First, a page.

I’m sure I’m not the only one to watch the release of Gary Glitter from jail in Vietnam on child molestation grounds, and the government’s reaction to it, with alarm. Glitter was memorably jailed in 1999 for having inexplicably gone to a PC World to get his computer repaired, only to get caught for having 4000 underage sexual images on it. More recently he was imprisoned in Vietnam after having had repeated sexual contact with 10 and 11 year old girls, although rumours persist that they were paid off to make their allegations. Not to understate things too severely, but whatever the truth of the claims in Vietnam, the man has a problem, and is a problem the likes of which we as a society haven’t yet decided what to do with. And my alarm doesn’t so much come from him, but the instantaneous knee-jerk response by the government and media to his reappearance.
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Gary Glitter is now being used as a pawn and I find it disgraceful. I find it disgraceful that a huge fuss is being made over just one man who has done his time. But rather than initiating procedures or making resources available to actually help him, Britain instead is contorting in a renewed moral panic. ‘That foul paedophile’ eh? Not to diminish the severity of his proven crime in the UK, but how seriously can you take a government who uses this man’s reappearance as a distraction from their own incompetence? They’re destroying all of our civil liberties, robbing the poor to pay off the middle class, breaking their own anti-poverty and environmental targets, but at least they can say they’re strengthening the control order regime against those guilty of child sex offences (which is already incredibly tight). Is it genuinely not possible to get any perspective here? Jacqui Smith, not one known for human qualities, even had the gall to announce this on Talk Sport radio, as if she weren’t shamelessly populist already!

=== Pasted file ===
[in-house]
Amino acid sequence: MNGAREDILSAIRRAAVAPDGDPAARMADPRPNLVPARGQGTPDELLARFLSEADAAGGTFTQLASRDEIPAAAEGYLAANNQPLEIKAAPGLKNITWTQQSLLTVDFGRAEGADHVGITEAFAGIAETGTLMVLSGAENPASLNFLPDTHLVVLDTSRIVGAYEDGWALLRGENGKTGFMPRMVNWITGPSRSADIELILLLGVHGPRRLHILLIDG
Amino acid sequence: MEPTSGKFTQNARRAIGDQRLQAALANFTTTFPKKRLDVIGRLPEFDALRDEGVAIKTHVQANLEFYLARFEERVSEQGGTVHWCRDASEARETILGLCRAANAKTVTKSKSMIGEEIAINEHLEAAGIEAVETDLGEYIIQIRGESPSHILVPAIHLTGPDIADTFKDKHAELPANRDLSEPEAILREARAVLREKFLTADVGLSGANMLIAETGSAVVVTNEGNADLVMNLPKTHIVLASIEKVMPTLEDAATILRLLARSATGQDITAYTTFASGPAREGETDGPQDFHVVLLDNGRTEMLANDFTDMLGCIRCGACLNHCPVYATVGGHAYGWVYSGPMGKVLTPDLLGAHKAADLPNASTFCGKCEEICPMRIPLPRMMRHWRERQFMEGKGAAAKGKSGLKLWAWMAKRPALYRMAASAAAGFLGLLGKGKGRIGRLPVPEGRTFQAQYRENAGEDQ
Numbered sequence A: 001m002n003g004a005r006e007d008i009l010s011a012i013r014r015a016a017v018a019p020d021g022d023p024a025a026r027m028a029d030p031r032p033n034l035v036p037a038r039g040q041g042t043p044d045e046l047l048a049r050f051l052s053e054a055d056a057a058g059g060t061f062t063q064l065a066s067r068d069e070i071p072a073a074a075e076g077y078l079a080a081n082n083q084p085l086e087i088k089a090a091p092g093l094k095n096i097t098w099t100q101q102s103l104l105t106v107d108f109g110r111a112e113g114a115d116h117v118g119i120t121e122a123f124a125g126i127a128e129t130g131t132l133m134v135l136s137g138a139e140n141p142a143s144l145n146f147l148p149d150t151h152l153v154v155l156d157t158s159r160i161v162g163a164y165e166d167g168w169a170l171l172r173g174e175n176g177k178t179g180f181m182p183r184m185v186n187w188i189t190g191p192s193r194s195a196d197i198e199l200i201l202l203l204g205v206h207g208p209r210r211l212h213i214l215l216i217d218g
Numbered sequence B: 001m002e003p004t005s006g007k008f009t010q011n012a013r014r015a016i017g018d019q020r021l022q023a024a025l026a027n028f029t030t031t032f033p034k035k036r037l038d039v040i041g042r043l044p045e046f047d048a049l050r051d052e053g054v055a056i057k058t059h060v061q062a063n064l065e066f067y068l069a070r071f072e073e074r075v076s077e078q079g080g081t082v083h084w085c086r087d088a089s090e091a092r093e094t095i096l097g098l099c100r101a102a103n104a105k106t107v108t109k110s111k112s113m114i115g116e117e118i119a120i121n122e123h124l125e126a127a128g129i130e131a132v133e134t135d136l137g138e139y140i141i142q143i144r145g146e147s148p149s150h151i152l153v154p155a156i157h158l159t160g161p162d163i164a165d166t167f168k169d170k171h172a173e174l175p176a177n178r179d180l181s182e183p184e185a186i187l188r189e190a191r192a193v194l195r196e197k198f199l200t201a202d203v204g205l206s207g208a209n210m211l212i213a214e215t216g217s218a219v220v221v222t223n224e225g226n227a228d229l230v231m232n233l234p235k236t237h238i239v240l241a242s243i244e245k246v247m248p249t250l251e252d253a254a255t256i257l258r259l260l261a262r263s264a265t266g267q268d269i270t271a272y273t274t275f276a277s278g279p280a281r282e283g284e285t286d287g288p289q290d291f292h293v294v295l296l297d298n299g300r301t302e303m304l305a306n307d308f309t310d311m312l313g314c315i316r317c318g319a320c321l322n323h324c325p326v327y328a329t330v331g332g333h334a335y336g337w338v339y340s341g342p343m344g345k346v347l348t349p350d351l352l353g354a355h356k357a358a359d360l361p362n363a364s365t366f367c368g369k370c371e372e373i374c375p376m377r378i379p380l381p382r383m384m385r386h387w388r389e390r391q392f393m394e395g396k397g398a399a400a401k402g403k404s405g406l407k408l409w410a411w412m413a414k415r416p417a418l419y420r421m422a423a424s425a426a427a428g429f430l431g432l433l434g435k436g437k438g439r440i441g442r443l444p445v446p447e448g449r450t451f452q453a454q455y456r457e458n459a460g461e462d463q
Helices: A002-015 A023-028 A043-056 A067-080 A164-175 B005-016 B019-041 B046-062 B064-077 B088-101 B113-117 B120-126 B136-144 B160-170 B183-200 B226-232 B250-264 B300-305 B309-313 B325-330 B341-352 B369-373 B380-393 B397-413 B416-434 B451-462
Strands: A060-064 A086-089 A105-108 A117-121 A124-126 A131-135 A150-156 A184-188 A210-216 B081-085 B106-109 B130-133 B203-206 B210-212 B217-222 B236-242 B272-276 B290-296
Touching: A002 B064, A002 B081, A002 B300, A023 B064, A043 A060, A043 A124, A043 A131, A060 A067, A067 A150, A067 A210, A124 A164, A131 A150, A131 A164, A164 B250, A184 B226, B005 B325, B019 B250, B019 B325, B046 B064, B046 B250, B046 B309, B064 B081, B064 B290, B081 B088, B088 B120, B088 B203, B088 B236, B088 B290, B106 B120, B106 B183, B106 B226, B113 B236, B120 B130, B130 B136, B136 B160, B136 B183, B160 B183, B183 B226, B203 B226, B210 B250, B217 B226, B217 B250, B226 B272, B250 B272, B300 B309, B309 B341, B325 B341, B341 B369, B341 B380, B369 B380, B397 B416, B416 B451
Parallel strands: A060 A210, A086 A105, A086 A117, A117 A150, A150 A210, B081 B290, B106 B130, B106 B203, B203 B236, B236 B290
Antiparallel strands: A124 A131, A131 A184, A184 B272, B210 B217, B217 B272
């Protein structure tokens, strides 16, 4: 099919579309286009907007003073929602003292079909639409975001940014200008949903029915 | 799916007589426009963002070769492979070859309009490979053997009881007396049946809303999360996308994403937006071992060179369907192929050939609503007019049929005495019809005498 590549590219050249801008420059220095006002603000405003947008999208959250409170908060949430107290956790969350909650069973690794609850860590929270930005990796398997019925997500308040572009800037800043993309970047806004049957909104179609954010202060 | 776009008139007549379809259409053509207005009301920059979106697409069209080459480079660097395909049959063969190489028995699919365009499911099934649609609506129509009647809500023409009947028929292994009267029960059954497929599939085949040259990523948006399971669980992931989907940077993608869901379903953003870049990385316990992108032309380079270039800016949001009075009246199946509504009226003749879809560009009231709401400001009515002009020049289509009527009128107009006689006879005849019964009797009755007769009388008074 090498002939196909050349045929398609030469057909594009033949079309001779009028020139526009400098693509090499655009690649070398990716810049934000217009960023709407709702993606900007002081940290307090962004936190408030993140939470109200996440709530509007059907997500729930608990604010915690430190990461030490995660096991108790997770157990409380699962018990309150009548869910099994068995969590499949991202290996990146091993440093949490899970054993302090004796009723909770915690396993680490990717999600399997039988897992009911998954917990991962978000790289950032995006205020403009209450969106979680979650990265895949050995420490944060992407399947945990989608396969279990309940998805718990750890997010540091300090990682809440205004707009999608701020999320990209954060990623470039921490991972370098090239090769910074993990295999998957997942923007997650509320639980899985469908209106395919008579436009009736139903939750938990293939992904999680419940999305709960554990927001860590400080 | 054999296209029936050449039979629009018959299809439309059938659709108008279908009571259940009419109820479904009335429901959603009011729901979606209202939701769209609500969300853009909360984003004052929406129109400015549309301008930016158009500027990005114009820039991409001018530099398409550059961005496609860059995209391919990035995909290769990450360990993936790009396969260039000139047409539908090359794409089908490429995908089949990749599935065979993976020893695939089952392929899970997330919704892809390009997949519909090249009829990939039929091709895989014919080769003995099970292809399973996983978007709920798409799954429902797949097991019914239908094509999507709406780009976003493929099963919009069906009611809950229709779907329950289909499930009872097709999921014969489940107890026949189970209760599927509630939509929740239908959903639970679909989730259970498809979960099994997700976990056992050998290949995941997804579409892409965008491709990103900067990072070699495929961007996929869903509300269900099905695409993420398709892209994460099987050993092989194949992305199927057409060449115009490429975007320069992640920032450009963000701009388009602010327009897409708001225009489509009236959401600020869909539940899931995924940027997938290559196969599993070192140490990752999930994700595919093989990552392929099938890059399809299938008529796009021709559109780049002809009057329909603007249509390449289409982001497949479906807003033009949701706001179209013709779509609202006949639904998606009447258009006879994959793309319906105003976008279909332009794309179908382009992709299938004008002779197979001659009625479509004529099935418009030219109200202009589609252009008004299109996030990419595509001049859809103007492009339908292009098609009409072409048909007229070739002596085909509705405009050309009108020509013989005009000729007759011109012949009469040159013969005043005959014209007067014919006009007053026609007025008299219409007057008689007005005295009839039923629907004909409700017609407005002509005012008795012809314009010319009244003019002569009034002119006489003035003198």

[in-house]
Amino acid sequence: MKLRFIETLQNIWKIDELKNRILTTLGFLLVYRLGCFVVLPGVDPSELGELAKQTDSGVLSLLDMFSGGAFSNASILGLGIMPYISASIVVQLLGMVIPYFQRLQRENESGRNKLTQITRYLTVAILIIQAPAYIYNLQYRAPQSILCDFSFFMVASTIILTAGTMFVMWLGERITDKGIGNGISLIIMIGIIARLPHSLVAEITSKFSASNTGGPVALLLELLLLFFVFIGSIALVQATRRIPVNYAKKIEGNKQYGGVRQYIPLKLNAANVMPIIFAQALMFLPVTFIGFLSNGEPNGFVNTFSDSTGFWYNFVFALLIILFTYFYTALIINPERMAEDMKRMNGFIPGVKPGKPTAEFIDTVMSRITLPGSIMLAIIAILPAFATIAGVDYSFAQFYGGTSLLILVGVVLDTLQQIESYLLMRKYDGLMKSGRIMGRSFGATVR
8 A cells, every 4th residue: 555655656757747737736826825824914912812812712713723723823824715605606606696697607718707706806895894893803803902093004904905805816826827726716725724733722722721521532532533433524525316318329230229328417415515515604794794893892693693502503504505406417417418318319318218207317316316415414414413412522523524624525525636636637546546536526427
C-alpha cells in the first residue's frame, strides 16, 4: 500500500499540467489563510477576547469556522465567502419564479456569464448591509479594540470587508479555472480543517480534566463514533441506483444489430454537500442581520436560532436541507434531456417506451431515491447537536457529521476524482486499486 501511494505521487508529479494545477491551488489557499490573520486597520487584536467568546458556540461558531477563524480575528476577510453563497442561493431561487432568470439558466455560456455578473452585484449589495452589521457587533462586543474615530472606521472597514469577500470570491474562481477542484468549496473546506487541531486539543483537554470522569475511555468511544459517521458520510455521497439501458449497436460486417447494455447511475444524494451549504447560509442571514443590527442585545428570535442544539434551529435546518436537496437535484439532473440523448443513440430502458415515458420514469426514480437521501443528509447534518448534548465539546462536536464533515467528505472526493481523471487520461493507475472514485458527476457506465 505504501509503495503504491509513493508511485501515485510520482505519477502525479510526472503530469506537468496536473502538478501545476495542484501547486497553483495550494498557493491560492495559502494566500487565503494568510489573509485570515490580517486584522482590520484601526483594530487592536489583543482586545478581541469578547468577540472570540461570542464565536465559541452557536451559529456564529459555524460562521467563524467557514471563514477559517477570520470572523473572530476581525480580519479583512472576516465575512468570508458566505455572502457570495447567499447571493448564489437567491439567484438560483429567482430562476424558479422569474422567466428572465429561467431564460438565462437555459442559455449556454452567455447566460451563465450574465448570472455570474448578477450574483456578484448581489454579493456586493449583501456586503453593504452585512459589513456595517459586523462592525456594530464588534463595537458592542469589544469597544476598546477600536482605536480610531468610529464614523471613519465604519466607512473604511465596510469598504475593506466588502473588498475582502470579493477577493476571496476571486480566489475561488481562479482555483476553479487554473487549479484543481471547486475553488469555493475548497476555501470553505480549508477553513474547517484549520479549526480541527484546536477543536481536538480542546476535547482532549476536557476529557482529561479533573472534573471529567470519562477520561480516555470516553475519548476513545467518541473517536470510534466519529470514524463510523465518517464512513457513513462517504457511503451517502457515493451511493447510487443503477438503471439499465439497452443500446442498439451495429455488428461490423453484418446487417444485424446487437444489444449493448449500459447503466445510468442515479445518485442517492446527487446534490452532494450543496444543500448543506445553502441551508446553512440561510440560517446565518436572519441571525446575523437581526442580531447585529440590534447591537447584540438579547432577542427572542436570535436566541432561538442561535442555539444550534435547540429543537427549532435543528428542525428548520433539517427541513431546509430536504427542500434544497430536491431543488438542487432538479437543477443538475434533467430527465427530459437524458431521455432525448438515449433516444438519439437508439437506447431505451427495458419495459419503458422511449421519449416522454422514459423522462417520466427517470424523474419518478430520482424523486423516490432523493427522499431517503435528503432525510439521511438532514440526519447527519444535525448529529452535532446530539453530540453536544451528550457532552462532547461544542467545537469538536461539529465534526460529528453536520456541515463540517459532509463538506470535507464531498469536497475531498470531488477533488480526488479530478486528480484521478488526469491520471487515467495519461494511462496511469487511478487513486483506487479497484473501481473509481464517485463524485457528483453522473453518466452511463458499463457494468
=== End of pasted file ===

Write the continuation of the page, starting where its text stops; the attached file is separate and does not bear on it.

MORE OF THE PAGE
Boris Johnson has a sager perspective on the situation. Writing in 2006 he complained:
I mean, come off it, folks. How many paedophiles can there be? Are we really saying that any time an adult male finds himself sitting next to someone under 16, he must expect to be hustled from his seat before the suspicious eyes of the entire cabin?
What about adult females? Every week there is some new tale of what a saucy French mistress is deemed to have done with her adolescent charges behind the bicycle sheds; and, disgraceful though these episodes may be, I don’t hear anyone saying that children should be shielded from adult women. Do you? Or maybe I’m wrong — maybe all adults will have to carry personal cardboard partitions with them on every plane or train, just in case they find themselves sitting next to under-16s.
Even as I write, I can imagine the lip-pursing of some of my lovely high-minded readers. How would you like it, they will say, if some weird chap was plonked next to your kids? And they are right that I would worry about some strange adult sitting next to my children, chiefly because I wouldn’t want the poor fellow to come to any harm.